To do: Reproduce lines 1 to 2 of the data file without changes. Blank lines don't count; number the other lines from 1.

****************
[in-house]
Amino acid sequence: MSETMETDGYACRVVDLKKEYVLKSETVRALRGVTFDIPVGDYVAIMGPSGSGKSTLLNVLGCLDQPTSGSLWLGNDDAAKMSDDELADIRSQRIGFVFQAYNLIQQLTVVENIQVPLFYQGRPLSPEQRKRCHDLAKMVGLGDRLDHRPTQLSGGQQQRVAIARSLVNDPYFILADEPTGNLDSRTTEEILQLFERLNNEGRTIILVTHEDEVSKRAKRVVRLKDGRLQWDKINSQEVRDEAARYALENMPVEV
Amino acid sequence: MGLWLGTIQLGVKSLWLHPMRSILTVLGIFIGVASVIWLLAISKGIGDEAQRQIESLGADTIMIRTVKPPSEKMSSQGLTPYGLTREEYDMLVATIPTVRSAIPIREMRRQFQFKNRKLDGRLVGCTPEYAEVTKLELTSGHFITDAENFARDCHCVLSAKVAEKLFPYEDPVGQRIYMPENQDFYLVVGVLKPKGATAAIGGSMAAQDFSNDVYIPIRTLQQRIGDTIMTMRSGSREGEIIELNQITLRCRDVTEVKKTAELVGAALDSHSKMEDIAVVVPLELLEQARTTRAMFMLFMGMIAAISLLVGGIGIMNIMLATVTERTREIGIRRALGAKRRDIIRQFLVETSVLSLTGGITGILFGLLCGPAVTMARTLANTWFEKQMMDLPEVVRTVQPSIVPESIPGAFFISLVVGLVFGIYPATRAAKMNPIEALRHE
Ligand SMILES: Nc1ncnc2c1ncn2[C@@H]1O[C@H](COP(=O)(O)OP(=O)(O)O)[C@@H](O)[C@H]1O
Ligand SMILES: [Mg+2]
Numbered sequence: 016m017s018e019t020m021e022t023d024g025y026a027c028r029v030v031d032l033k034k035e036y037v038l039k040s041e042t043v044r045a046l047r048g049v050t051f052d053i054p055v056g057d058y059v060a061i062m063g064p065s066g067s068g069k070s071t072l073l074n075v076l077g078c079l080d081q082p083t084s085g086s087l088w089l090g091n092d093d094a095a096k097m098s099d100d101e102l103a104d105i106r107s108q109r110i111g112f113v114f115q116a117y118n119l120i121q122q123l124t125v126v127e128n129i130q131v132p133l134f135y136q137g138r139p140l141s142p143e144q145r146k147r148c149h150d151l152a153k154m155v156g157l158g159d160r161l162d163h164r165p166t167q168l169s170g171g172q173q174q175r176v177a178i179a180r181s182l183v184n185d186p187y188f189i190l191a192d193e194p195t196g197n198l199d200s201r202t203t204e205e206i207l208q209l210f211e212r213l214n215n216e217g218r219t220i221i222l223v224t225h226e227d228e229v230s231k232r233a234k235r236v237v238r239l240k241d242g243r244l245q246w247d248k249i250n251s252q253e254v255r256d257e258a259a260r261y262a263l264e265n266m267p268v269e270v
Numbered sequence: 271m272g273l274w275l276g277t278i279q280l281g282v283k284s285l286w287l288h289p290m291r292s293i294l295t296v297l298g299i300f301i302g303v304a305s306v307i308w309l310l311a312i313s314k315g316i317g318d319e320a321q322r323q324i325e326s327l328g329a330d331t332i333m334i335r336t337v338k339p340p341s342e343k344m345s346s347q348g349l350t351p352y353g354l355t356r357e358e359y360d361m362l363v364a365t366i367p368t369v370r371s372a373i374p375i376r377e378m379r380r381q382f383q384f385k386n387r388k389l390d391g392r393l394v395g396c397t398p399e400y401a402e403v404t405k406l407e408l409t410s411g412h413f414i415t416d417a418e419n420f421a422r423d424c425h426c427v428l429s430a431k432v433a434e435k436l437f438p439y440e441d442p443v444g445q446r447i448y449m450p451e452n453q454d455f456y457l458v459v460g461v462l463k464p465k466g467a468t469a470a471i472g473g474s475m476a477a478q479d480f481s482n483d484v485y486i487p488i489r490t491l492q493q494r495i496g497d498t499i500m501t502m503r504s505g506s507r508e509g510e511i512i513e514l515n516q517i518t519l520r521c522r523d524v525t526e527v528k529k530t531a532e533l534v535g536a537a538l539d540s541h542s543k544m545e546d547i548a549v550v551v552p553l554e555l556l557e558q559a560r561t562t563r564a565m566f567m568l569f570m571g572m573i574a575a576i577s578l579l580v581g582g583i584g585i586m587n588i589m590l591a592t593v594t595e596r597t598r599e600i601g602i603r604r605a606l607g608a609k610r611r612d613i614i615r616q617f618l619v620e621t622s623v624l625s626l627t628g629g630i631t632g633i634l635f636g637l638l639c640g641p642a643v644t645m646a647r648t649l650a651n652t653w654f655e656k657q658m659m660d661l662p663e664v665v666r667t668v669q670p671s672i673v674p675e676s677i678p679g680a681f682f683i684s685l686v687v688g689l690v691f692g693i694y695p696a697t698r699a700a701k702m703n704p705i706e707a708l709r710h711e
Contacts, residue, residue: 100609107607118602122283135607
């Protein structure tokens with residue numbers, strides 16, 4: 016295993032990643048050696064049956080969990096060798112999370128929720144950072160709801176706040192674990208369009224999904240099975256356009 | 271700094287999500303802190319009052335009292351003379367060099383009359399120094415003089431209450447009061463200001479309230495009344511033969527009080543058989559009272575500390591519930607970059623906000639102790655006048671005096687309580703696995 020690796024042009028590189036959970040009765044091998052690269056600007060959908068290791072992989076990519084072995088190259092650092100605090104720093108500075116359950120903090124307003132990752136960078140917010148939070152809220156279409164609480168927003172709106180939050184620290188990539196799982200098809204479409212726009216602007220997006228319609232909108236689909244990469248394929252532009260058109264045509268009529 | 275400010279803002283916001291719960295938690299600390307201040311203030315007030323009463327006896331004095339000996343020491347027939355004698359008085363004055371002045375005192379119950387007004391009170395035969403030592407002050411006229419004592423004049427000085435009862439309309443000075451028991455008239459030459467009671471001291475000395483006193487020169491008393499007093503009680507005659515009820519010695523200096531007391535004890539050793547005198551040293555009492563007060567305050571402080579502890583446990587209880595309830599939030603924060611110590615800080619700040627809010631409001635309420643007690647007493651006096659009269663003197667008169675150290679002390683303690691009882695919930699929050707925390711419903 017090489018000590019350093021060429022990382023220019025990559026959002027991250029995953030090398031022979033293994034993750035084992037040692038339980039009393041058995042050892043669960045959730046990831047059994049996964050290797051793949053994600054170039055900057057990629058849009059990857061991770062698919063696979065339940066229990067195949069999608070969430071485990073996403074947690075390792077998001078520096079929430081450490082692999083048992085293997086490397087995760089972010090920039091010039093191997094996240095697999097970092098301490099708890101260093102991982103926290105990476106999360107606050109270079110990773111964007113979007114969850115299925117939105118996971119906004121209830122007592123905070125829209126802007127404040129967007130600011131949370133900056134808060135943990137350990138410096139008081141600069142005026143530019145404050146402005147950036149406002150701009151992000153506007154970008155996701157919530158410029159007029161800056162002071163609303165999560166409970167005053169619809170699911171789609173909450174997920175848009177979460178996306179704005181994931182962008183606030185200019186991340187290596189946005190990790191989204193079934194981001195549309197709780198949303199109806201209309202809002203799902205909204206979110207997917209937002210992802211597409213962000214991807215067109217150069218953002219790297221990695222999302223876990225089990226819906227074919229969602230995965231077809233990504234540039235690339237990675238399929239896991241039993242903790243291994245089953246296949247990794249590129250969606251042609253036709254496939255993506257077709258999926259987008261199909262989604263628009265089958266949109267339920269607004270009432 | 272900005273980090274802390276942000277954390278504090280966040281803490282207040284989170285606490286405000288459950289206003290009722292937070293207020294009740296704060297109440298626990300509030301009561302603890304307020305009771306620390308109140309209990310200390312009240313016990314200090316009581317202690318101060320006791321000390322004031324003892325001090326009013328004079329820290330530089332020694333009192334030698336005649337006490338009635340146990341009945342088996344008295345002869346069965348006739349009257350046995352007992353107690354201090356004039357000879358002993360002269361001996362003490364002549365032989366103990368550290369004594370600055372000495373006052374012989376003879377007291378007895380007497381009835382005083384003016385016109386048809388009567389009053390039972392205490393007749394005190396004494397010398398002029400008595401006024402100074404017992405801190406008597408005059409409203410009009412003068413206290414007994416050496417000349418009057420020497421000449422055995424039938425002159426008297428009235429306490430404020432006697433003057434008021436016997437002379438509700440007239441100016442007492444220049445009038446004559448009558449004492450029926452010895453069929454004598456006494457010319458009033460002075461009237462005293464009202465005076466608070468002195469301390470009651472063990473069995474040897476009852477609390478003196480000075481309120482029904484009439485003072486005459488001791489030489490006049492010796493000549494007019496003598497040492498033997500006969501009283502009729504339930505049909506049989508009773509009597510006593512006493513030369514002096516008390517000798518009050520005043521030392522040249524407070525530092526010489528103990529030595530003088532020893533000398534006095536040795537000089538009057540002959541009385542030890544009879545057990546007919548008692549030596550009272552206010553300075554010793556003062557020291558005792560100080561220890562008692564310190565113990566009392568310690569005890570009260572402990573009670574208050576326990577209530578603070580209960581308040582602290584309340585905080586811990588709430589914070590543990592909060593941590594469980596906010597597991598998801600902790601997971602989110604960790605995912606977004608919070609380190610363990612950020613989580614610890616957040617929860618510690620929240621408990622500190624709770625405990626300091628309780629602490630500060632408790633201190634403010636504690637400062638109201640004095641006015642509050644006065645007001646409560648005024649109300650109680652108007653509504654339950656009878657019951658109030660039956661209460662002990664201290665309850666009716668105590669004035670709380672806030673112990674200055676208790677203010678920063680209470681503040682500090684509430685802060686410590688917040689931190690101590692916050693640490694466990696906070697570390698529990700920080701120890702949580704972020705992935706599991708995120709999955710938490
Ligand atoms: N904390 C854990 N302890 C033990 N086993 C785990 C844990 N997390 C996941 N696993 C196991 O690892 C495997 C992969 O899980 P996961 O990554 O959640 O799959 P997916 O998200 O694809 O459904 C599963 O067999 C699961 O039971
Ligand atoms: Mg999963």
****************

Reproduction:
[in-house]
Amino acid sequence: MSETMETDGYACRVVDLKKEYVLKSETVRALRGVTFDIPVGDYVAIMGPSGSGKSTLLNVLGCLDQPTSGSLWLGNDDAAKMSDDELADIRSQRIGFVFQAYNLIQQLTVVENIQVPLFYQGRPLSPEQRKRCHDLAKMVGLGDRLDHRPTQLSGGQQQRVAIARSLVNDPYFILADEPTGNLDSRTTEEILQLFERLNNEGRTIILVTHEDEVSKRAKRVVRLKDGRLQWDKINSQEVRDEAARYALENMPVEV